Talay Kata offers value-for-money Thai Buffet in Orchard
Update (March 2018): The post has been edited to reflect up-to-date prices of the buffet.
As an ardent Thai food fan, my love for the cuisine sees me flying to Bangkok every two months. But every few weeks or so brings about that pang in my stomach that can only be cured with really good tom yum, and I’d sadly have to forage into the food scene here to get my Thai food fix.
Found within Orchard Central, Talay Kata offers a Thai Seafood Barbecue Buffet. Here are the prices for the buffet:
Mon-Fri lunch (11:30am to 3pm): $19.80++ for adults, $9.40++ for children
Mon-Thur dinner (6pm to 10pm): $29.80++ for adults, $14.40++ for children
Sat-Sun, eve of PH & PH lunch (11:30am to 5pm): $29.80++ for adults, $13.90++ for children
Fri-Sun, eve of PH & PH dinner (6pm to 10pm): $35.80++ for adults, $16.90++ for children
Food at Talay Kata
The buffet spread has a variety of Thai dishes, including Pineapple Fried Rice and Mussels With Thai Red Curry Sauce.
I started off my feast with a refreshing Thai Papaya Salad, or som tam in Thai. The appetising salad was made with crunchy carrots, green papaya, bird’s eye chilli, peanuts, lime juice, and many other ingredients.
As it was served at a DIY station, you can always personalise the salad to suit your taste buds. If you’re not sure of the sequence of the ingredients, they offer simple instructions at the side for you to refer to.
Be sure to go for their Mussels With Thai Red Curry Sauce. The paste the restaurant uses for the curry sauce is flown in from Thailand, and the chef tweaks it to suit Singaporeans’ taste buds.
The mussels were plump and tossed in the curry sauce that had a slight kick – great for those with a low tolerance for spiciness. The curry was also creamy and bursting with a strong sambal fragrance.
This Thai Green Curry was the highlight of the buffet. To make this dish, the chef first stir fries green curry paste till it’s fragrant, then he mixes in their house-made chicken broth and coconut milk. The curry is then simmered for a few hours before serving.
Their Shark Fin’s Soup did not include actual shark’s fin, and was mixed with glass noodles and bits of egg, making every mouthful a slurp of silky delight. The starchy broth also had a savoury-umami taste that kept me going back for more.
Of course, a Thai meal isn’t complete without some sticky rice. One of their DIY stations offered Steamed Sticky Rice with toppings.
Glutinous rice was packed into various shapes and kept in a steamer. On its own, the rice was slightly sweet due to the syrup added. Consistency-wise, it reminded me of ba zhang.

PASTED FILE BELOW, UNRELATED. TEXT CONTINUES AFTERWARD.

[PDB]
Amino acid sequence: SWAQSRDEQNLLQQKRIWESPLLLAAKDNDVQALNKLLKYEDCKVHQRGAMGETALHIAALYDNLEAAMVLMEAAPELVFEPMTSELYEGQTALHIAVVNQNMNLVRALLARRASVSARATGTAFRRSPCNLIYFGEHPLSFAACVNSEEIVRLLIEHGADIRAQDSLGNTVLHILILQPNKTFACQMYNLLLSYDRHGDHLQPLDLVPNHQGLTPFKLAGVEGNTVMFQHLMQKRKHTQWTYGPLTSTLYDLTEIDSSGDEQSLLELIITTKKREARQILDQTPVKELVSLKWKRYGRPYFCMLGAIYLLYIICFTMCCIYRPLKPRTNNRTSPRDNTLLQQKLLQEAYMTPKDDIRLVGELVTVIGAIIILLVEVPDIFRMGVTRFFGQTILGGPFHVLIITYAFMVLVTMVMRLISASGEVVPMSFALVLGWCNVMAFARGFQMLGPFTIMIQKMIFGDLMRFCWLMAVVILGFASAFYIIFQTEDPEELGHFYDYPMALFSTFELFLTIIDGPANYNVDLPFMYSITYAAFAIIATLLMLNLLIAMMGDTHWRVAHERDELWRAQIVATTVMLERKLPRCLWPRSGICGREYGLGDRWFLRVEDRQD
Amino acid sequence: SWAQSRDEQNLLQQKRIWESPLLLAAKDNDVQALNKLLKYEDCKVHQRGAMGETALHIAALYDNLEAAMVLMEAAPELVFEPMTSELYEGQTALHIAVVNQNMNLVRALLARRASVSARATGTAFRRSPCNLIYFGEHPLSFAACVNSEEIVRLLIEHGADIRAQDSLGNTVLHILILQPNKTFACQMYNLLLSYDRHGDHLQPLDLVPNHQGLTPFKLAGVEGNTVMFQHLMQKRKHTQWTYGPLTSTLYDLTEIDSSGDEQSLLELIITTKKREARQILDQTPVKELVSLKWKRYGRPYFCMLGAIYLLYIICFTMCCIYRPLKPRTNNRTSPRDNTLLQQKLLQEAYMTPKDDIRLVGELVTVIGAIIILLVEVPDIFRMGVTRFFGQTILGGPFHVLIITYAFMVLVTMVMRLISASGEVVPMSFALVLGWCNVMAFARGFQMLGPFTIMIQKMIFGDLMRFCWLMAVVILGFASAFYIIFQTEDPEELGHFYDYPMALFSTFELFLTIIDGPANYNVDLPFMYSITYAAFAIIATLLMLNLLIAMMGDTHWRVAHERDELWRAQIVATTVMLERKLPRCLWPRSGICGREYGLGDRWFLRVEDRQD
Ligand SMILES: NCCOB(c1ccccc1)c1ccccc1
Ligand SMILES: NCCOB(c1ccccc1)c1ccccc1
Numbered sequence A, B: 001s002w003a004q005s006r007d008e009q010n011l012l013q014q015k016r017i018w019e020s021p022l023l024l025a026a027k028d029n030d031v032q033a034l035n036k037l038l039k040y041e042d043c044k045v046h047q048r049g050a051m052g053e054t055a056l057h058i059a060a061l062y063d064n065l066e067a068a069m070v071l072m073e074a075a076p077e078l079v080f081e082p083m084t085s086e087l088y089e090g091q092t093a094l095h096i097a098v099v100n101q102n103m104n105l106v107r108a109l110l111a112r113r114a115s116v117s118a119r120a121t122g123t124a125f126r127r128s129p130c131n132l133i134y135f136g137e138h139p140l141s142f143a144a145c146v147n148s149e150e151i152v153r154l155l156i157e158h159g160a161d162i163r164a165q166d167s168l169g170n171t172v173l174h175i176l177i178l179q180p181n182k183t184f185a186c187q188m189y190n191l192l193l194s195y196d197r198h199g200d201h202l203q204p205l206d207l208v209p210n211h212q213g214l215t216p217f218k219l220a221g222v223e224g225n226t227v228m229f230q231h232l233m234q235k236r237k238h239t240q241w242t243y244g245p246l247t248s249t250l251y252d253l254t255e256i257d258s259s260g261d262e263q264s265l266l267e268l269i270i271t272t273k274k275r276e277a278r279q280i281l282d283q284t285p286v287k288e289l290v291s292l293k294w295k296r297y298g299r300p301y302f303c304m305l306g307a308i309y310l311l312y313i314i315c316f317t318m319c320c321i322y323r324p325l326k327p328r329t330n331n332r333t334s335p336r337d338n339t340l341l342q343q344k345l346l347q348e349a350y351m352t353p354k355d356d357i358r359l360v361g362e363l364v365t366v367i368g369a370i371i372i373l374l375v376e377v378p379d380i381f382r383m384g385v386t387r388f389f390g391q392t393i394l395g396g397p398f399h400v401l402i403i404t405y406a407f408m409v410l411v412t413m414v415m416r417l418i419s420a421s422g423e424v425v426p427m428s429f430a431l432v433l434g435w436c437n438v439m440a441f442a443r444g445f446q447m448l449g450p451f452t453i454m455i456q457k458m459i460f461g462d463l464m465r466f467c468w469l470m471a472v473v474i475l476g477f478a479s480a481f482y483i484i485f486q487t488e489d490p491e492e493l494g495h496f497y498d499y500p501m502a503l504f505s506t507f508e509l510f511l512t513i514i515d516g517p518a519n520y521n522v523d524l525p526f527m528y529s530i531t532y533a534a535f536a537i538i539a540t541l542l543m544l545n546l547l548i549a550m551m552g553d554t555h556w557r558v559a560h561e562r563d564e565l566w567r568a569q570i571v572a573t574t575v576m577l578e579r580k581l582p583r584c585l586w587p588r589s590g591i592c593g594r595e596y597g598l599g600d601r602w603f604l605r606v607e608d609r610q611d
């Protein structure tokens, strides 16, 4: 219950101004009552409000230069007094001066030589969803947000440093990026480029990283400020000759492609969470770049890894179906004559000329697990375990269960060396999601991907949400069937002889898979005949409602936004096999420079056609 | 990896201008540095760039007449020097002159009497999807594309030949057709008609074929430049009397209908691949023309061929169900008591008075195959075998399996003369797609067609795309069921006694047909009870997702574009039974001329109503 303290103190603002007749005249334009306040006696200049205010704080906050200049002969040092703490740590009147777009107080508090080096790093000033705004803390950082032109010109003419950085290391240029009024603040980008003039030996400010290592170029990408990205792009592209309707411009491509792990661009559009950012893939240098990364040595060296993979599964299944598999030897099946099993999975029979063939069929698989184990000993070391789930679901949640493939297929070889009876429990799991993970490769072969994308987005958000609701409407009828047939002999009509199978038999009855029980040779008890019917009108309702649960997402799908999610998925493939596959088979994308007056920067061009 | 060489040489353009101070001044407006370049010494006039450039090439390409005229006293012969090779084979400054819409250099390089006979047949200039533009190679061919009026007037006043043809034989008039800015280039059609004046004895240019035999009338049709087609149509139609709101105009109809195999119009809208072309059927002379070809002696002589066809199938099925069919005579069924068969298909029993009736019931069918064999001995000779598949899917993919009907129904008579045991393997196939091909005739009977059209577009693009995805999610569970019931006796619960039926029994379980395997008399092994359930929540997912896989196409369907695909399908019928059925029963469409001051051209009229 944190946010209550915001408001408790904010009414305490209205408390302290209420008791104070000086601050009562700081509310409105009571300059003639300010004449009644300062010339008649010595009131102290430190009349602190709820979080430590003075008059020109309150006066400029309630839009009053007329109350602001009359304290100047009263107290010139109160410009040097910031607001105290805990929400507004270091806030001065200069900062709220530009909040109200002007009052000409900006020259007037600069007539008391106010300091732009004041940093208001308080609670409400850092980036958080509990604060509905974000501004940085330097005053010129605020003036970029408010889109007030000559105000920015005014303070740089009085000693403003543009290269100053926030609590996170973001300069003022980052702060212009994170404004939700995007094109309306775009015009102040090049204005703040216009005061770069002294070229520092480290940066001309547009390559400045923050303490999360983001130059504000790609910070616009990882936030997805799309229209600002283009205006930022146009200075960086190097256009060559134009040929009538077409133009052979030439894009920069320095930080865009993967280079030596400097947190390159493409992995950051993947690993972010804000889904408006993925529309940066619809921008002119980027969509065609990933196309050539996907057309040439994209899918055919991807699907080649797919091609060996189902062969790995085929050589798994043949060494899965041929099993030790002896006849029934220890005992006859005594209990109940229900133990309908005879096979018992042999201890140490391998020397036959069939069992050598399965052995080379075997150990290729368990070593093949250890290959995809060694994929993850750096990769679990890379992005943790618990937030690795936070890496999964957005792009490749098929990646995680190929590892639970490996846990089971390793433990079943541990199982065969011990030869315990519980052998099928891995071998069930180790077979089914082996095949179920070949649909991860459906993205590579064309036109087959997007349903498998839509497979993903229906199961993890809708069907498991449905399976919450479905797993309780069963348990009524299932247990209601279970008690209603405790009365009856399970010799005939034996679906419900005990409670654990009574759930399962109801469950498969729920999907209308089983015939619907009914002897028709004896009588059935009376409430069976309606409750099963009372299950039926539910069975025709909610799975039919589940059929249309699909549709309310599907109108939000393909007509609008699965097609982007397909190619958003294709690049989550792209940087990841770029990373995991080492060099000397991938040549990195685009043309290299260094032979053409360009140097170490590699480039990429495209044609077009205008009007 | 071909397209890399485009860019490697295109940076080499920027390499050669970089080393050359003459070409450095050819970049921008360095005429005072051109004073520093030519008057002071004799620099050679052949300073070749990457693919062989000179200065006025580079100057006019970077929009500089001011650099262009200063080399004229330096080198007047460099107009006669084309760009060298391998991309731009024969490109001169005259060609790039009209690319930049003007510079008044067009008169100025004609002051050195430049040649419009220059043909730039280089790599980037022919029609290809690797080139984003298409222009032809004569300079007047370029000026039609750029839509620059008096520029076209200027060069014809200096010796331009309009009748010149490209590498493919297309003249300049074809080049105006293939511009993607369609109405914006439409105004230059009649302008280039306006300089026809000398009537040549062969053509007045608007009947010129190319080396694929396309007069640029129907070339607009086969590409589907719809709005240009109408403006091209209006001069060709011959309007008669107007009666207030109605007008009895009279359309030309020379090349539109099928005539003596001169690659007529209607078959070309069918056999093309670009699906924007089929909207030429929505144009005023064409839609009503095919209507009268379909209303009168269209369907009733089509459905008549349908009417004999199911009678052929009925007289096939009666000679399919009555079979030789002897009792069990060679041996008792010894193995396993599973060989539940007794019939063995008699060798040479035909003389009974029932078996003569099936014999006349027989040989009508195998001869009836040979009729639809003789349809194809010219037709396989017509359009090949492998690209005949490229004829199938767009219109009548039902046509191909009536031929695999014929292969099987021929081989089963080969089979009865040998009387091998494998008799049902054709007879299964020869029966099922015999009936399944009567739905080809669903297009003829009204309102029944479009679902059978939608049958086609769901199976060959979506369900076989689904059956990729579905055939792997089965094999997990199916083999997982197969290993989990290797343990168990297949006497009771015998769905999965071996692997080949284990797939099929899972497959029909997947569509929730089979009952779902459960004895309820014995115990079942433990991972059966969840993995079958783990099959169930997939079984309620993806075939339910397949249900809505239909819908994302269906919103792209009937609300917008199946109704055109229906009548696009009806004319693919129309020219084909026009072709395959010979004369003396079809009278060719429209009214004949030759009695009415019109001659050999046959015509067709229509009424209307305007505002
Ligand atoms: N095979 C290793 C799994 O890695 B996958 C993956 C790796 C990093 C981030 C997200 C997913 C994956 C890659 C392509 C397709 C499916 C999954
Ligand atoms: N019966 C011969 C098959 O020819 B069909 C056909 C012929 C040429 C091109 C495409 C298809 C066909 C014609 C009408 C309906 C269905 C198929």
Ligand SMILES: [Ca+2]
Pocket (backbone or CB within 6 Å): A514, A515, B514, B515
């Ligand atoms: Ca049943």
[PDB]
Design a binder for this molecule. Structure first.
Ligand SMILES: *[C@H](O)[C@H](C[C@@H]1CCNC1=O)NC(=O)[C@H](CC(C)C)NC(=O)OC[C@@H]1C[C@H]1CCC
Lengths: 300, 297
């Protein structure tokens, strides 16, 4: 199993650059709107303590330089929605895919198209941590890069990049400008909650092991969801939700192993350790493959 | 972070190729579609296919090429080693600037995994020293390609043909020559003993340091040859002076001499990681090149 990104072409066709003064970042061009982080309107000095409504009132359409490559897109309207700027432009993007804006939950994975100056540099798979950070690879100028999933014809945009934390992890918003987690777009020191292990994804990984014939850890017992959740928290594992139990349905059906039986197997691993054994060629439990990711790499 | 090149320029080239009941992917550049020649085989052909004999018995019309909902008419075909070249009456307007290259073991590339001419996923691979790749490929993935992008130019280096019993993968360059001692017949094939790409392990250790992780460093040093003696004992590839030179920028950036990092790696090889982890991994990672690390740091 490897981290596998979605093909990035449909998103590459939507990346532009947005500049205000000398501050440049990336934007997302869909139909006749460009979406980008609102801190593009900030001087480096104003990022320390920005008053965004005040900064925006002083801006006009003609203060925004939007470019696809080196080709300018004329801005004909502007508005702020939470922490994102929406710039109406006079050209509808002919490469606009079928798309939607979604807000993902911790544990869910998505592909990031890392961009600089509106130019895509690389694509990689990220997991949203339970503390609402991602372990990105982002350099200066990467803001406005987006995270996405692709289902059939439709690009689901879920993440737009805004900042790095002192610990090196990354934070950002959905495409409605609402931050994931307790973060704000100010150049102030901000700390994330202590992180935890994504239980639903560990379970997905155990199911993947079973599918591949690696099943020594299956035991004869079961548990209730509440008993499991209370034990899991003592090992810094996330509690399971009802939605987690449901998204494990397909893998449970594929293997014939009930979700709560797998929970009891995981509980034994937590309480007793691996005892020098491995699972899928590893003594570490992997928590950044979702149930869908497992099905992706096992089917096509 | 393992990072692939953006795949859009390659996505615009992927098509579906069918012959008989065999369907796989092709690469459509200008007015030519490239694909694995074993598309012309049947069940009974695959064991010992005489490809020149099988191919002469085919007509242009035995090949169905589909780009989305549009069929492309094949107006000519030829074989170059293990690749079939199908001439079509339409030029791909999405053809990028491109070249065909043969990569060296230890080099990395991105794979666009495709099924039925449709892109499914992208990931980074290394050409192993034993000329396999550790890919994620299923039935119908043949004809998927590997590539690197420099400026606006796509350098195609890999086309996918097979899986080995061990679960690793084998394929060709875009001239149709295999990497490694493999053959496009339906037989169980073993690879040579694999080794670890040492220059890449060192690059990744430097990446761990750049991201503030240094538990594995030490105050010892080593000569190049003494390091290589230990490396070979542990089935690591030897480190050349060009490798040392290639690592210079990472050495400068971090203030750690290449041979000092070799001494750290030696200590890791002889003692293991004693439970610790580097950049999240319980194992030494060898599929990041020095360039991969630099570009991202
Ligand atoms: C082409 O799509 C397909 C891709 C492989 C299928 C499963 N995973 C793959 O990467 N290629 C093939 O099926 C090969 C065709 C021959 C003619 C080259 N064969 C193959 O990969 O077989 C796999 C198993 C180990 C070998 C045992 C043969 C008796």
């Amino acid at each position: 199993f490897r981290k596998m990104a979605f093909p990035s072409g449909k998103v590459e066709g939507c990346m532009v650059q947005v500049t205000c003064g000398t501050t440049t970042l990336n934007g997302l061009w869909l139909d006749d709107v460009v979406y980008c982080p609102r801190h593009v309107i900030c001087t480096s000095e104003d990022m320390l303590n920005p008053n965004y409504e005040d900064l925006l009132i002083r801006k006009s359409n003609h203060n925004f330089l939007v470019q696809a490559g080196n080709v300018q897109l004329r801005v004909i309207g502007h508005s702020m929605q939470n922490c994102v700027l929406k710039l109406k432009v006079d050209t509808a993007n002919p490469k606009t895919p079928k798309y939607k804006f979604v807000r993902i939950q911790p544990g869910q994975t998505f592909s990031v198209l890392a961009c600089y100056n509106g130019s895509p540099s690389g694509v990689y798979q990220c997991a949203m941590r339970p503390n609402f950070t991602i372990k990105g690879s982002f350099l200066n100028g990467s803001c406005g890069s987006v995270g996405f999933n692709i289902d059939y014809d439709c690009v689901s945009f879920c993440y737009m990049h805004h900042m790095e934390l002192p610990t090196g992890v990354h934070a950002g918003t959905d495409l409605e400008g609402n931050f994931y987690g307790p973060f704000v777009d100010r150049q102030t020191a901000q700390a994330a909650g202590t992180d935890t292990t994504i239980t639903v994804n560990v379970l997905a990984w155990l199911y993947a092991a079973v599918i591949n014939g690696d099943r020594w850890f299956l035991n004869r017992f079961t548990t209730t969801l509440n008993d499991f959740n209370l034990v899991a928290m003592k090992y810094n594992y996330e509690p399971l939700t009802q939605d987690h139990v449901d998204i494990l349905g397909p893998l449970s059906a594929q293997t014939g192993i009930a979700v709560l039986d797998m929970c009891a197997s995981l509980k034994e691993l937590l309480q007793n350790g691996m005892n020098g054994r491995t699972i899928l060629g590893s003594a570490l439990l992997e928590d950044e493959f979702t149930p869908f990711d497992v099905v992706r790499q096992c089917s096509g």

You can add toppings such as caramelised cashew nuts, sesame seeds, shrimp floss, and jelly cubes to your sticky rice. The crunchy cashew nuts were sweet, and the shrimp floss, salty. Together with the pandan glutinous rice, they struck a nice balance between sweetness and savouriness.
Their mookata buffet comes with free-flow soup, meats, seafood, vegetables, and some frozen steamboat ingredients.
They offer four different soup bases – tom yum, chicken, bonito, and salted egg. We initially opted for the salted egg soup but the owner warned us it might be jelak, so we went for the standard chicken soup base instead.
Unfortunately, the chicken broth threw me off upon first sip. It tasted like a mixture of chicken soup with heaps of sugar. I was told the chef simmered the broth with plenty of cabbage and chicken, which explains the overwhelming sweetness. I would have preferred the soup to be slightly more balanced, just so it wouldn’t overpower the flavours of the ingredients.
The Thai steamboat option offers a wide selection of meats for you to choose from, varying from pork belly slices to smoked duck. As the meats were thinly sliced, it did not take long to cook. The bacon had a good meat-to-fat ratio, making each bite juicy and satisfying.
If you are a seafood person, you’d be glad to know they serve fish slices, mussels, clams, prawns, and squid. The seafood added a subtle briny flavour to the chicken soup.
After devouring all that meat, balance out your meal with some greens. An assortment of vegetables and mushrooms including king oyster mushrooms, enoki mushroom, bitter gourd, pumpkin slices, and bok choy, were available.
As some of the meats were not marinated, plunging them into the sauces offered made up for the lack of flavour. As a dipping sauce for the seafood, Green Seafood Sauce packed a sour and spicy punch. Their Sukiyaki Sauce, on the other hand, was more tangy and made a better complement to the meat. If you’re looking for something on the sweeter end, go for some Thai Chilli Sauce that was more refreshing than spicy.
The buffet also offers an unlimited supply of drinks including soft drinks, tea, and coffee. If you have a separate stomach for dessert, wrap up your meal with scoops of ice-cream and fruits!
Ambience at Talay Kata
The restaurant was well-lit and decorated in bright colours. It was also air-conditioned, so you wouldn’t have to worry about breaking into a sweat while eating. There were air vents installed at each table. Even though these do not fully prevent you from smelling like BBQ, it still helps with ventilation.
This place was rather empty during lunch hours, but we heard the crowds start in the evening, so make sure you make a reservation before coming. The staff members were friendly and efficient.
Even though the ingredients were not of the highest quality, the buffet and mookata combo was a definite steal considering its price and location. Check out more affordable steamboats below $20, or visit Sedap Thai for halal mookata!
Address: 181 Orchard Road, #08-04/05, Singapore 238896
Opening hours: Mon-Fri 11:30am to 3pm, 6pm to 10pm, Sat-Sun 11:30am to 5pm, 6pm to 10pm
Talay Kata is not a halal restaurant.
This is an independent review by Eatbook.sg.